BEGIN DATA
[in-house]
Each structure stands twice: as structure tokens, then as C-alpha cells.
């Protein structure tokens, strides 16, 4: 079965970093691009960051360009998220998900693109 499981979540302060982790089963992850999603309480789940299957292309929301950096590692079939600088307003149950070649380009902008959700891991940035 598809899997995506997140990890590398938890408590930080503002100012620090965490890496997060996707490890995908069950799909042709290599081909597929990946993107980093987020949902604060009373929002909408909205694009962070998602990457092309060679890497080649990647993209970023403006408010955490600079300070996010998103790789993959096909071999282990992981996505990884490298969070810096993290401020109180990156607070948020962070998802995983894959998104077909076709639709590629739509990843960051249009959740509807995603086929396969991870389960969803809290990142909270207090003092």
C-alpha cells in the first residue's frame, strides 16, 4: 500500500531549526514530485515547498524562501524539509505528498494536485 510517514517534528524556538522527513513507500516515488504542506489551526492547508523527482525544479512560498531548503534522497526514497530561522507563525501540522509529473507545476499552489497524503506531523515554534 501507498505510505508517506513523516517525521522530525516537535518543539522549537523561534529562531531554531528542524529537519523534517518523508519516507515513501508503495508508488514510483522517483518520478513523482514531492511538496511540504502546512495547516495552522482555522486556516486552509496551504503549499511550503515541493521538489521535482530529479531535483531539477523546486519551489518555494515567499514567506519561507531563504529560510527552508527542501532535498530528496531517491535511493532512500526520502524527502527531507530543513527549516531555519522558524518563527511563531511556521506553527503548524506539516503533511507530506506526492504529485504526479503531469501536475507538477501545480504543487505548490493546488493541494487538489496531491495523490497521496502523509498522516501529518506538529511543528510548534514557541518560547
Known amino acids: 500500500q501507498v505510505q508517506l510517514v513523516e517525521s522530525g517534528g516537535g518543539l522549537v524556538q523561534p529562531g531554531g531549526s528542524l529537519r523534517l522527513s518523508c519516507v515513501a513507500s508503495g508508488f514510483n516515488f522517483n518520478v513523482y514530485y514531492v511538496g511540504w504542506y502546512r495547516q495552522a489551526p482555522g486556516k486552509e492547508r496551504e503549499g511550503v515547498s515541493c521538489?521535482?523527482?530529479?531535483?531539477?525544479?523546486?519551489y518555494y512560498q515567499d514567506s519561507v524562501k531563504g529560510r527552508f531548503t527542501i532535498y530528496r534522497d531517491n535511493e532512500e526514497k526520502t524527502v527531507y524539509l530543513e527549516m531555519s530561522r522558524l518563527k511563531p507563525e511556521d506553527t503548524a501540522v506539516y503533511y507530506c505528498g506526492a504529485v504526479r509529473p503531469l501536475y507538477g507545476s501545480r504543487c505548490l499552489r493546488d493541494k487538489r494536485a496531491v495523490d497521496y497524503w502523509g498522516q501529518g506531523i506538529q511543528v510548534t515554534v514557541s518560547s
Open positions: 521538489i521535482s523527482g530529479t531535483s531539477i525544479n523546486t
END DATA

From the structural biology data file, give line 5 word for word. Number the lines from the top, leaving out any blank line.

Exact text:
Known amino acids: 500500500q501507498v505510505q508517506l510517514v513523516e517525521s522530525g517534528g516537535g518543539l522549537v524556538q523561534p529562531g531554531g531549526s528542524l529537519r523534517l522527513s518523508c519516507v515513501a513507500s508503495g508508488f514510483n516515488f522517483n518520478v513523482y514530485y514531492v511538496g511540504w504542506y502546512r495547516q495552522a489551526p482555522g486556516k486552509e492547508r496551504e503549499g511550503v515547498s515541493c521538489?521535482?523527482?530529479?531535483?531539477?525544479?523546486?519551489y518555494y512560498q515567499d514567506s519561507v524562501k531563504g529560510r527552508f531548503t527542501i532535498y530528496r534522497d531517491n535511493e532512500e526514497k526520502t524527502v527531507y524539509l530543513e527549516m531555519s530561522r522558524l518563527k511563531p507563525e511556521d506553527t503548524a501540522v506539516y503533511y507530506c505528498g506526492a504529485v504526479r509529473p503531469l501536475y507538477g507545476s501545480r504543487c505548490l499552489r493546488d493541494k487538489r494536485a496531491v495523490d497521496y497524503w502523509g498522516q501529518g506531523i506538529q511543528v510548534t515554534v514557541s518560547s